Business partnership and partnership in general can be a good way to accelerate the gaining of market share by indirectly accessing niches such as distribution or warehousing companies.
The 4C framework (Brouthers et al, 1995) is a concise way to summarize key factors to consider in developing partnerships: complementarity, congruence, compatibility, and change.
The first factor is complementarity in resources. In general, partners complement for resources or capabilities that you do not have. This allows you to focus on doing the essentials, and potentially help bear some of the risks for your venture. For example, a channel partner gives you access to a part of your potential market that is inaccessible.
Depending on your business plan, you might find that each niche requires different partners. However, you might still be able to use earlier partners as references when targeting new niches or the mainstream.
You also need to think about what a partnership can bring to you and equally importantly how you can provide value to your partners too.
While you may not have much to offer initially, there are several ways that you can bring value to even large or established partners. Think about the following questions:
Does your product complement their portfolio?
Does it provide them with a distinctive advantage of any sort?
Can you afford to give them a significant profit margin?
This brings us to the second consideration, congruence of goals. Just because partners have complementarity in terms of resource capability, it doesn’t mean that your strategic goals are compatible, especially over time. A particularly salient issue in complementarity and goal congruence for newer ventures is the potential for asymmetry in terms of resources and power, especially when partnering with large or established partners. For example, if you are a small firm that has developed a drug and are considering licensing it to a big pharmaceutical company with resources to bring it to the market, the success of your drug will be your primary goal. For the pharmaceutical company it will only be a small part of its’ portfolio, and may even threaten the sales of another drug in its portfolio. The pharmaceutical company may choose to stop development when you want to continue.
It is important to be specific and clear up front about what each party wants to achieve in the partnership, and be aware of the potential challenges. This way, you can prepare for contingencies. However, you also need to be flexible while building options for future growth, both within the partnership, as well as leveraging the network of your partner to grow further.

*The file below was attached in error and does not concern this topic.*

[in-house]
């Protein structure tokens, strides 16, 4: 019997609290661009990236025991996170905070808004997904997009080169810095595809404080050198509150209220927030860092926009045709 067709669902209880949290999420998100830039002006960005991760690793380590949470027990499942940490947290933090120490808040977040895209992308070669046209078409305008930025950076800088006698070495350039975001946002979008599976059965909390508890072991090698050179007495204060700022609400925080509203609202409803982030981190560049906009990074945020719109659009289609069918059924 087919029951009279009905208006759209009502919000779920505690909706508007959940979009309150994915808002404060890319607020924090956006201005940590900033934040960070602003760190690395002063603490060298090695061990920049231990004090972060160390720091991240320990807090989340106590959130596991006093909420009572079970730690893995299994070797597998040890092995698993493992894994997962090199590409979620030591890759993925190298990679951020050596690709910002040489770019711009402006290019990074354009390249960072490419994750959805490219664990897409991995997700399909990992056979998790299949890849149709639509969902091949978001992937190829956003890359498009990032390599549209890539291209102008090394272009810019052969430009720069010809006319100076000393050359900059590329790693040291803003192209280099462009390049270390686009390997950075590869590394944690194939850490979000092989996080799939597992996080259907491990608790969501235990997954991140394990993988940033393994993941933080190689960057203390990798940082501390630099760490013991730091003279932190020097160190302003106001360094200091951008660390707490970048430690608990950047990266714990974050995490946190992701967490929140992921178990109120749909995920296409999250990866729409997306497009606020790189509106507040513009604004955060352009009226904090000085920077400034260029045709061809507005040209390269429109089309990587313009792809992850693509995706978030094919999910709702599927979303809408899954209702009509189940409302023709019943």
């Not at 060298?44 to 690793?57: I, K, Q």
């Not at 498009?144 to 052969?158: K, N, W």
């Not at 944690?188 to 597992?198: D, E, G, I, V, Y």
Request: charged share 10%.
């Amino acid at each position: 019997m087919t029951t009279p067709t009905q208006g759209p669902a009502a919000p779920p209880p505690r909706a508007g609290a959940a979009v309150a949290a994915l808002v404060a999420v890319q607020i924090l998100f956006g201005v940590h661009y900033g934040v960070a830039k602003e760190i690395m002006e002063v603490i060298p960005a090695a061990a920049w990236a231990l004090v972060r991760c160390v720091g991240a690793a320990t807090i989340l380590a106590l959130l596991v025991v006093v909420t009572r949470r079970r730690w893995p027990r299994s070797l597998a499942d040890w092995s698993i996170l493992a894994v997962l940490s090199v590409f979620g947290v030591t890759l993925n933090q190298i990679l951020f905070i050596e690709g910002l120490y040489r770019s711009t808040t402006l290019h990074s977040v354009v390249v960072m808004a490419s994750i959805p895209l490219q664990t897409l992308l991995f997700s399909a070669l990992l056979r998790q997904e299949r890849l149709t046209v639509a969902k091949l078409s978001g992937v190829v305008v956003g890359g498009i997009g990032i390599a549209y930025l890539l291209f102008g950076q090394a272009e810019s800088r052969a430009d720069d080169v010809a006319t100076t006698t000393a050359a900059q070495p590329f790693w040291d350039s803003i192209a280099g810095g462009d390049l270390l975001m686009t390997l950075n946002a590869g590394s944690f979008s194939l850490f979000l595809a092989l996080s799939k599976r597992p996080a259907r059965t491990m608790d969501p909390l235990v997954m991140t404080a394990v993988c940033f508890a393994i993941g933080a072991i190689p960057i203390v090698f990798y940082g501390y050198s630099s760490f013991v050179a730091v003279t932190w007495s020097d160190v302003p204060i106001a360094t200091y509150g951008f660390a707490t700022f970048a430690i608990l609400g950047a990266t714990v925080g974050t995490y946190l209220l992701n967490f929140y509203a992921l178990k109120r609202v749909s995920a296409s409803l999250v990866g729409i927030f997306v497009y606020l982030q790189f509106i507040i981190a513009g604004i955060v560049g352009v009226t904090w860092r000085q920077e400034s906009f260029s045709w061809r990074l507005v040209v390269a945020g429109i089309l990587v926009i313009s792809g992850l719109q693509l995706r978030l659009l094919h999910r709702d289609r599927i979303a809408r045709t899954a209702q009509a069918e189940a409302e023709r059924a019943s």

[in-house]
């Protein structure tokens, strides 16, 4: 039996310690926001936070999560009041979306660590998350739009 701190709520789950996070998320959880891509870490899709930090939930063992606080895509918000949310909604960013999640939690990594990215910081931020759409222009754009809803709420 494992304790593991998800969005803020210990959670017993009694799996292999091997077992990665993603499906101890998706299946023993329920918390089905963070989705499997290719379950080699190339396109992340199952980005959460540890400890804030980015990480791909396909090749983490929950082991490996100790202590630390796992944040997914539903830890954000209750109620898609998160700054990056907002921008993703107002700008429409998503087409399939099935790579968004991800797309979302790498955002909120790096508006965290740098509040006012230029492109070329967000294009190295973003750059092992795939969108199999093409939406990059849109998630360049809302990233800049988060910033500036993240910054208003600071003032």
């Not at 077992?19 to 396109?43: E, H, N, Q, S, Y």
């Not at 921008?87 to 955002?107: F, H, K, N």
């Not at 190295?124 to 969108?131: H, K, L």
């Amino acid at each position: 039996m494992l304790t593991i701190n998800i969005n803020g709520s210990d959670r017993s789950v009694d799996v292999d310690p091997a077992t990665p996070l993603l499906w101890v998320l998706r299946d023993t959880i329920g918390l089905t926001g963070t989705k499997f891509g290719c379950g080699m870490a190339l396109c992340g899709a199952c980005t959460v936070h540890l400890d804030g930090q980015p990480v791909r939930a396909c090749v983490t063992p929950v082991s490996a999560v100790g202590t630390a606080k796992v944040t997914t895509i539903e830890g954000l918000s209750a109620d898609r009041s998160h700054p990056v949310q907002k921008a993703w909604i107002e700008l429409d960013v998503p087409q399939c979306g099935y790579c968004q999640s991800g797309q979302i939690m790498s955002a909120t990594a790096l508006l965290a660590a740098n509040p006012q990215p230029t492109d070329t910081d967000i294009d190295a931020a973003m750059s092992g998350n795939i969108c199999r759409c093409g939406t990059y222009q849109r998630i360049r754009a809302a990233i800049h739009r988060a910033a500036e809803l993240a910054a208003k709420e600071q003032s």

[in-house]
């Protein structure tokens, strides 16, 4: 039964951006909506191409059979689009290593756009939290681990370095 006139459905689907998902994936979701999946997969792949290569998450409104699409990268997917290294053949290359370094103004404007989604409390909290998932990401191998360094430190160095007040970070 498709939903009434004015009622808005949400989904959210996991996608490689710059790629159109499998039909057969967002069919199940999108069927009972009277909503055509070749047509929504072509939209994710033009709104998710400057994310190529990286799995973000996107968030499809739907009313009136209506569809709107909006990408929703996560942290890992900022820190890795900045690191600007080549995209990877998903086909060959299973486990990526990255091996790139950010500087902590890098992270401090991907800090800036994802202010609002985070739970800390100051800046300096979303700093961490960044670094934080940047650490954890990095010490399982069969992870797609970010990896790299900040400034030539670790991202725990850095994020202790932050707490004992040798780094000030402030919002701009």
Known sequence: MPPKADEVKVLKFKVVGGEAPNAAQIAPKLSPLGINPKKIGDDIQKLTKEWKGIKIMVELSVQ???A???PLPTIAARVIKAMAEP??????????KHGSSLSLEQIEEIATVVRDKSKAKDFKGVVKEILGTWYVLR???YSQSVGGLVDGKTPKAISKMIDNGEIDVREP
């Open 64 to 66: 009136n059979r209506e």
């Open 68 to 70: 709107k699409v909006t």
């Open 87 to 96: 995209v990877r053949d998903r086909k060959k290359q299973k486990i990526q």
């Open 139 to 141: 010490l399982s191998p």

The third factor is compatibility. Even if you have excellent complementarity and congruence, very willing partners might find it challenging to work together in the face of organizational or cultural incompatibilities. For example, smaller new ventures typically are more agile in terms of decision making and changes, while larger or more established organizations require more extensive planning and consensus for change. It is critical to identify these issues up front and develop strategies for how the firms can work together effectively.
Finally, it is important to consider how the above three factors may change over time. This is especially important in the case of entrepreneurial startups. Your value proposition, market, and other factors will shift over time, and this may change the nature of complementarity or congruence of goals between partners. Strategically considering how to grow or exit partnerships as your needs change over time is essential.
To illustrate how we can use this framework, lets consider the case if we were to partner with a large retailer as a distributor for E-Cigarette. By having a major retailer, E-Cigarette can reach a wider customer base, while the retailer can add to the diversity of their product. In general, it is in both your best interests to sell as many products as you can. Therefore, you have complementarity in resources and congruence in goals. Given that the relationship is a pretty simple arms-length transaction with E-Cigarette as a supplier, compatibility may not play a very strong role, note that it plays stronger role the more interaction you need with your partner. So far so good.
However, you also have asymmetry. While we may view distribution through a major retailer as a key partnership to the livelihood of your venture, for the major retailer we are just one of many potential products within their portfolio. The congruence in goals may change if the major retailer develops/obtains a competing product or simply changes their priorities for shelf-space. Ensuring that you anticipate these potential challenges and spelling out how to handle them is essential.